Sighing contentedly, she made her way through the park.  Night had fallen like a black curtain.  The dark streets were illuminated by bright street lamps, casting long shadows on the ground.  There were less cars now and Fiona felt afraid for the first time since running away from home.  What if a kidnapper abducted her? Someone might hurt or murder her!

Fiona shook her head to push the negative thoughts away.  She looked for a place to spend the night and stumbled upon a bus-stop.  She decided to lay claim to it for the night.  Pulling out a sweater, she donned it and lay down with her backpack for a pillow.  The events today had been taxing and her little body was totally spent.  “Tomorrow will take care of itself,” she supposed, drifting off to dreamland.

 

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What would you like to invent?

By Kay (17 years old)

Image credit: oobject.com

 

In 1899, Mr. Charles H. Duell, the Commissioner of the United States patent office stated, “Everything that can be invented has been invented.”  Looking back, Mr. Duell’s statement couldn’t possibly have been more wrong.  Whether it is through the clever recombination of existing ideas or utilising the latest technologies to explore concepts once thought impossible, modern society continues to create and innovate.

When one thinks about different technological possibilities, one merely has to pick up a science fiction novel to see the fascination society has with technology.  Our flights of fancy quite frequently manifest themselves in some form of technological devices and gadgetry that simplify or improve our lives.  What’s more, inventors are sometimes motivated by the need to bring forth the unique vision they imagined while reading about futuristic innovations.

One such example from recent history would be the Saturn V rocket developed in the 1960s for reaching out to the moon. If one examines the works of Jules Verne, similarities can be found between what was written and what became reality in the space programme. For that matter, several engineers involved with the development of the Saturn V booster implied they had been deeply influenced and motivated by science fiction writings such as those of Jules Verne.

As one can see, the ability to travel not only further, but faster is something many inventors focus upon.  I, for one, have thought about inventing a machine that could transport people from place to place at incredible speeds compared to today’s transportation vehicles.  To give it a name, let’s call this hypothetical machine the “Instant Transfer Machine” (ITM).  Imagine if you will, a machine that could travel around the world in no less than 24 hours, yet still be manageable within a cosmopolitan area for rapid movement.

Its usefulness for the elderly, businesspeople and even the daily commuter would be invaluable.  Large enough to seat six people, it is still small enough to be used by individuals making it quite versatile.  And talk about easy on fuel costs.  Powered by hydrogen fuel cells, the ITM is not only ecologically friendly in byproducts produced, but it uses one of the most abundant and accessible elements available throughout the universe.

Simplicity of operational controls is another aspect the ITM would excel at.  There is no need for numerous complex gauges and adjustment controls.  Instead, a touch keypad would be used to enter GPS coordinates of the desired destination.  Once entered, the on-board computer would calculate the safest and quickest route to arrive at the destination with no other intervention required by the passengers.

The usefulness of such a machine would be quite handy.  At times, I have a strong desire to taste the delectable dishes my grandmother lovingly cooks, but living far away makes it difficult for me to travel to her as she lives in South Korea.  With the ITM, it would become a simple matter to find my way to her kitchen and smell those delicious meals simmering away on the stove.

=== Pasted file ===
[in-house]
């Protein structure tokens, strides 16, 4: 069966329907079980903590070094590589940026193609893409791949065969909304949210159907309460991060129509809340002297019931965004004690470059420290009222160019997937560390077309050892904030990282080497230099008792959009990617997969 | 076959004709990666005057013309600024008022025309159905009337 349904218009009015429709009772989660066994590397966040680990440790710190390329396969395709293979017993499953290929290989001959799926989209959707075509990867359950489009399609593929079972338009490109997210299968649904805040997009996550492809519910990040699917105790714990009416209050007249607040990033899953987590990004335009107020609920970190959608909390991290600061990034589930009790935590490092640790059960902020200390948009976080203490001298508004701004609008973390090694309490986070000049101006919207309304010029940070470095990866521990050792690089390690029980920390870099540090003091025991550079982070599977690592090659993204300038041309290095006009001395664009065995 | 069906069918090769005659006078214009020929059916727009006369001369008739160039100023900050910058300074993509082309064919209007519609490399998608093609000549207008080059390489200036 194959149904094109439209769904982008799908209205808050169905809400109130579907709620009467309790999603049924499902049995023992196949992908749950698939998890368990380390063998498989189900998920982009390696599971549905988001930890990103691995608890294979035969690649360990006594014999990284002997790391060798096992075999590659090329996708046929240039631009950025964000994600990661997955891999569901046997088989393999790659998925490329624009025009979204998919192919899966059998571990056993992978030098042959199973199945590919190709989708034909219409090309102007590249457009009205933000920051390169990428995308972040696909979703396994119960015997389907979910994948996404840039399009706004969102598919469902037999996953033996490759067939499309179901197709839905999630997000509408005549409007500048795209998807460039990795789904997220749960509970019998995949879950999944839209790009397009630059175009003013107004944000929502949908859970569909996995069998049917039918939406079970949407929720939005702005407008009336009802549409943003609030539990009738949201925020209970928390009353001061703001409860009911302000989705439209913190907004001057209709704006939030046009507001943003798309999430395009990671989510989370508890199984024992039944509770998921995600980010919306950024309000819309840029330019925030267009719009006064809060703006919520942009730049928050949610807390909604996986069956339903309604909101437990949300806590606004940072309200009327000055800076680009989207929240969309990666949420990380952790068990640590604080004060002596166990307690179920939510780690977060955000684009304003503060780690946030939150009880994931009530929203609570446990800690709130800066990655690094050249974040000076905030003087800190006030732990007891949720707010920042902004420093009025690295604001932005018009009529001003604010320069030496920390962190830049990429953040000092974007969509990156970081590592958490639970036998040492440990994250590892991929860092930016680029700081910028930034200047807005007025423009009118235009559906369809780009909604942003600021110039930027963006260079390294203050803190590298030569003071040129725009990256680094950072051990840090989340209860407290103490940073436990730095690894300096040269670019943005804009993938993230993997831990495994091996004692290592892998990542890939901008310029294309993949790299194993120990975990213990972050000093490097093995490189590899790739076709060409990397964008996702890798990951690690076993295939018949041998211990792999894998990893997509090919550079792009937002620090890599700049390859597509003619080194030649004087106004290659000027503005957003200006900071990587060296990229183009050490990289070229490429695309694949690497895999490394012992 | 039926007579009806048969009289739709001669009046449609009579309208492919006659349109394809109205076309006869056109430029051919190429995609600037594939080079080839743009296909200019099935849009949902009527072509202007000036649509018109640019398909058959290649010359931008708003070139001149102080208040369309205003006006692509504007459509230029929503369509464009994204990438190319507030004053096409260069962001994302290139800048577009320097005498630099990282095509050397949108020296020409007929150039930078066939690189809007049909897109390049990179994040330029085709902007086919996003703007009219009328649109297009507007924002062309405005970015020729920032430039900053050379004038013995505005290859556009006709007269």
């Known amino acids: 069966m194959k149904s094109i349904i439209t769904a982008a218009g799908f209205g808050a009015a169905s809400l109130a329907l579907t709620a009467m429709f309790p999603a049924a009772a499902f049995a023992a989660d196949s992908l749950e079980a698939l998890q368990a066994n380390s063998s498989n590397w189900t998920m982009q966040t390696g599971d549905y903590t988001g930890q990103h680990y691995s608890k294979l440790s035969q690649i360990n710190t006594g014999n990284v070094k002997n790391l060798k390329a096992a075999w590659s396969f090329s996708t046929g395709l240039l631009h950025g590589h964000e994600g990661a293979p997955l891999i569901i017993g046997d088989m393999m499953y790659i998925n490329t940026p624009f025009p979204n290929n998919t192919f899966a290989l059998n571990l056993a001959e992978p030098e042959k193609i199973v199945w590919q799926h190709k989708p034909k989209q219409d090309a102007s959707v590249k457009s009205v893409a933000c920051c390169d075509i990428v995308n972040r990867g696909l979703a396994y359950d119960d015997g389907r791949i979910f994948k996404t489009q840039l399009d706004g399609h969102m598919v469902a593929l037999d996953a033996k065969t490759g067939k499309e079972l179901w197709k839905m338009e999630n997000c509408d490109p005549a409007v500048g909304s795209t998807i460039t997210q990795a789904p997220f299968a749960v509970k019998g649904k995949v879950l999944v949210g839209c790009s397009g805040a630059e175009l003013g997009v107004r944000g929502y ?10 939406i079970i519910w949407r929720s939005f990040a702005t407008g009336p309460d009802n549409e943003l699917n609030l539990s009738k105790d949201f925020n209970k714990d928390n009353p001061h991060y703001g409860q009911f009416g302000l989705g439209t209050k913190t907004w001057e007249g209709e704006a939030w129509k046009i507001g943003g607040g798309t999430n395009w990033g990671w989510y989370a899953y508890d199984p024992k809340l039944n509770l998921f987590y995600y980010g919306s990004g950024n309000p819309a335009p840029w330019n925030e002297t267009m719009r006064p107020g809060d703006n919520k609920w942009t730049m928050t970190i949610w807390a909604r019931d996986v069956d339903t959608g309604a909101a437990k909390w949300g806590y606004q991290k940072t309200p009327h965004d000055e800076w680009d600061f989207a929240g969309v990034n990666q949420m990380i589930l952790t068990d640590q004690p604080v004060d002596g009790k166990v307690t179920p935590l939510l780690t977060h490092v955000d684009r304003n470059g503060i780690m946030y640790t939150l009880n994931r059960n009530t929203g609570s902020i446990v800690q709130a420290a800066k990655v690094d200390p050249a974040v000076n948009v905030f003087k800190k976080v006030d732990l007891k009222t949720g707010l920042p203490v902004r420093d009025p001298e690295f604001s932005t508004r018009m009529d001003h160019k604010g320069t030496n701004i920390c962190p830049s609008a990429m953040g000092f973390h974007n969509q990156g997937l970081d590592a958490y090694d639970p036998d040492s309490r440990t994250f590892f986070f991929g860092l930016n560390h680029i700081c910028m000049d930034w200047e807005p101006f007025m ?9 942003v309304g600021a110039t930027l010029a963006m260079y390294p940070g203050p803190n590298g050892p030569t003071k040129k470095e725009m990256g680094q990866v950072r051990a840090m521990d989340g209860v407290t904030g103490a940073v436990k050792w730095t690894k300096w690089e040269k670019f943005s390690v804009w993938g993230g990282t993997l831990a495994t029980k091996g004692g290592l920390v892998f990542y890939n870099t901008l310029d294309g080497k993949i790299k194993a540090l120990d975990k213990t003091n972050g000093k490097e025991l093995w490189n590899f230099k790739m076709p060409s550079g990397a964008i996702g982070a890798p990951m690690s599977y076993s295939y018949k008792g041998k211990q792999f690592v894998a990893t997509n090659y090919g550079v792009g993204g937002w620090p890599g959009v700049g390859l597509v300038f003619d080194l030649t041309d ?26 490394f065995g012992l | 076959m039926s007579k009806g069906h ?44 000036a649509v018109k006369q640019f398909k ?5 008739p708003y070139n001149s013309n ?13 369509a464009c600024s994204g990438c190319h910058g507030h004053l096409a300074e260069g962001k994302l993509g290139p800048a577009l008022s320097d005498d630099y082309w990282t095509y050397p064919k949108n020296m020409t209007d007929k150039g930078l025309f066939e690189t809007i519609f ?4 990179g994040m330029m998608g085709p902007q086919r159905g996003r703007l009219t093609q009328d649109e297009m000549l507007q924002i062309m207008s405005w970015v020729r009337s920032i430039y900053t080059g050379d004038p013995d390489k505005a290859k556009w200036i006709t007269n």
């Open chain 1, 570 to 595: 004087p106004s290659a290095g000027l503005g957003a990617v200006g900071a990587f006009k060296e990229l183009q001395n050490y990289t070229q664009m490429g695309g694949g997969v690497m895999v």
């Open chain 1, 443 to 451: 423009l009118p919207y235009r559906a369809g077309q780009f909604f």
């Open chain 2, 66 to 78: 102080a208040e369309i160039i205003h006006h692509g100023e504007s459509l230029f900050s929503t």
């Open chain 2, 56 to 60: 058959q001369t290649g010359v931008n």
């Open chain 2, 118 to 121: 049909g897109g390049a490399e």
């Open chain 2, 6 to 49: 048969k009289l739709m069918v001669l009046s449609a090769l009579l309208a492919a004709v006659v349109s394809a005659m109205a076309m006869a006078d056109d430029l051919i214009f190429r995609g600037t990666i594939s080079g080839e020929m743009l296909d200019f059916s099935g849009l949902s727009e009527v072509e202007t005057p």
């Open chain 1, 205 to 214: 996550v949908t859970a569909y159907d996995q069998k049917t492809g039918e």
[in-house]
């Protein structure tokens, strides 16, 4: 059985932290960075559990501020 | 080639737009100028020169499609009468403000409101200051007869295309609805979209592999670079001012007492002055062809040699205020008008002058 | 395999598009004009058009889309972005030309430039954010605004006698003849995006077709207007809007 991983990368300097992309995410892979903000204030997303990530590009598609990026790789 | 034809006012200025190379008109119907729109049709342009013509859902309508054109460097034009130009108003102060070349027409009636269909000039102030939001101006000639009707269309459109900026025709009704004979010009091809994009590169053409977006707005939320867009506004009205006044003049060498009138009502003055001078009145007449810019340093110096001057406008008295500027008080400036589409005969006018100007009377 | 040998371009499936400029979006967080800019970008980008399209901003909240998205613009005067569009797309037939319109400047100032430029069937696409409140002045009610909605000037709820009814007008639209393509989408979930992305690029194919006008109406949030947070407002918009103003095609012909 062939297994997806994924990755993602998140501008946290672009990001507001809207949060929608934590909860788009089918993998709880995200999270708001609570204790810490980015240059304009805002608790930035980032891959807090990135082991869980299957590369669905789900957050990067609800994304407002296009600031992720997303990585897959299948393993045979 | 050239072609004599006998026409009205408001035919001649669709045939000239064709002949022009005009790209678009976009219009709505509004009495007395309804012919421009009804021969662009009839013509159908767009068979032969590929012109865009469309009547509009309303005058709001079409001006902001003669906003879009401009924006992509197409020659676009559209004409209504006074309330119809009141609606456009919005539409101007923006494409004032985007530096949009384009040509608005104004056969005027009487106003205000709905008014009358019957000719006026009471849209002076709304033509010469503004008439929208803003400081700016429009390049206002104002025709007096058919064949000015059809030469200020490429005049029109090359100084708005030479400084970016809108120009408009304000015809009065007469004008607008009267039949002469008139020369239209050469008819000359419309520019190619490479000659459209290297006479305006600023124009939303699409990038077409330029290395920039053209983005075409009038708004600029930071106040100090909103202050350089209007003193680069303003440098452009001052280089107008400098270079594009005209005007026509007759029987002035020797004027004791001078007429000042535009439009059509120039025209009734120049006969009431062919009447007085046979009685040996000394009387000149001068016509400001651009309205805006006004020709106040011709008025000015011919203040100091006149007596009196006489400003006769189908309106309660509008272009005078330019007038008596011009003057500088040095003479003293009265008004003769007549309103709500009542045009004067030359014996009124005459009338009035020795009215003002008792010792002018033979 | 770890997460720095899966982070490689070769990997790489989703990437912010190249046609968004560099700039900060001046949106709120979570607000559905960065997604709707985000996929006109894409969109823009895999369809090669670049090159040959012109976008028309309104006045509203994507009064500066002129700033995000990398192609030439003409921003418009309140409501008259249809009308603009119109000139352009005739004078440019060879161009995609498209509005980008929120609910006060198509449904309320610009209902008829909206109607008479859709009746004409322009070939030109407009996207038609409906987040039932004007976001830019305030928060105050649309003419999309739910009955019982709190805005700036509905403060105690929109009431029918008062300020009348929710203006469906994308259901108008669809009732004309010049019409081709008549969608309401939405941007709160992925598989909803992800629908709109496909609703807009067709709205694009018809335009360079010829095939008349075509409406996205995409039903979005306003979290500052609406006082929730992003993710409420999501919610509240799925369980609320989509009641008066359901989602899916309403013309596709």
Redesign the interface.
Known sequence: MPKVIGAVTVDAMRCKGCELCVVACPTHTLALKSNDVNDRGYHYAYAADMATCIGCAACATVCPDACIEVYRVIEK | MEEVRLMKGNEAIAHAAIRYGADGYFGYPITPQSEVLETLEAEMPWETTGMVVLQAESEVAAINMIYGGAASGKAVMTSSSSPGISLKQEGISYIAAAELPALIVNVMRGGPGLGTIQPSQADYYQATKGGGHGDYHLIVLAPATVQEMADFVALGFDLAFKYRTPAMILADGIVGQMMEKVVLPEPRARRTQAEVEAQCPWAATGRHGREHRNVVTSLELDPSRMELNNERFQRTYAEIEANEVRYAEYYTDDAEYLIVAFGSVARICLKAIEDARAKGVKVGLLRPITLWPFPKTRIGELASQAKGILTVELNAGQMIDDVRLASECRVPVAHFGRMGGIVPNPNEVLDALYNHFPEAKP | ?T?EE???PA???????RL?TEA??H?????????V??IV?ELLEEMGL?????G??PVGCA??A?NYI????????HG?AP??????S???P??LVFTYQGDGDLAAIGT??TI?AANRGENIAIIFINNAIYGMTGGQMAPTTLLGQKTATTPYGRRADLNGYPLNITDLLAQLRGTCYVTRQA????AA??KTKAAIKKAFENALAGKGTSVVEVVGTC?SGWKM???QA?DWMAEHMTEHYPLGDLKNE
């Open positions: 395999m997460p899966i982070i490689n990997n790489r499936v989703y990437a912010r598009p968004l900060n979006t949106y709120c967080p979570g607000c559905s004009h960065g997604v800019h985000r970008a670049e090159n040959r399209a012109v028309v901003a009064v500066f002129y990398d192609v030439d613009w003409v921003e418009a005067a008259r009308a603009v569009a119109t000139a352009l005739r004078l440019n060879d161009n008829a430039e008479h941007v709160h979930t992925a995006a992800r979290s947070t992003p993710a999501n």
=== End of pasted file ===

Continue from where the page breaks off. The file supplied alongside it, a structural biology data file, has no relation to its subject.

All in all, this novel transportation device would be a dream come true.  Tedious commutes would become a thing of the past, allowing more free time to enjoy life to its fullest.  Soon, everyone will know the greatness of the Instant Transfer Machine.

 

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What would you like to invent?

By HS (16 years old)

image credit: fenixlighting.com

 

Countless devices for myriads of uses had been invented either accidentally or intentionally throughout history by mankind because our human nature craves for a life filled with comfort and convenience brought about by such innovations.  As such, technological advances have indeed added tremendous value and ease to our life and budding innovators across the globe continue to contrive new ideas each day.  I, for one, dream constantly of creating a shrinking torchlight.

This shrinking torchlight of mine will shrink any object that comes under its light. To return the same object to its previous size, one simply flashes the light on it twice.  For instance, a 4-door cupboard can easily be reduced to 10 percent of its original form to become portable. Since the last twenty odd years, parents have been complaining that their kids are carrying heavy schoolbags and it is turning them into hunchbacks.  Dear parents and fellow students, cease your moaning and groaning!  Help in the form of the shrinking torchlight is at hand!

The shrinking torchlight not only alleviates burdens for a household, it also has numerous commercial uses.  Manufacturers need no longer hire container trucks on land and container ships or bulk carriers at sea to transport their goods, hence saving billions in freight charges. Builders too, will applaud this handy tool. Shrunken bricks and other building materials can be easily hefted up to different levels of a building in no time at all, thus accelerating the delivery of finished structures over to owners and buyers.

This wonderful innovation has no limitation to its usefulness. It is going to be a life-saver to Mother Earth which is dying slowly but surely to mass pollution. As the society becomes moneyed, the purchasing power of individuals has also escalated and so has their dumping tendency. Unlike his forefathers, the affluent man tends to procure unnecessary items and tosses them away without much ado. The Environmental Protection Agency reports the United States produces approximately 220 million tons of trash each year. This is equivalent to burying more than 82,000 football fields six feet deep in compacted garbage. A beam from the shrinking torchlight will effortlessly condense that amount of waste to just 8,200 football fields in two shakes of a lamb’s tail.

As it brings forth an entirely new meaning to the modern era of technology, the shrinking torchlight will be without question, a modern implement in great demand. It is a must-have gadget for every individual, young or old at home, at school and at the workplace. In short, it is going to be a lifestyle of this century!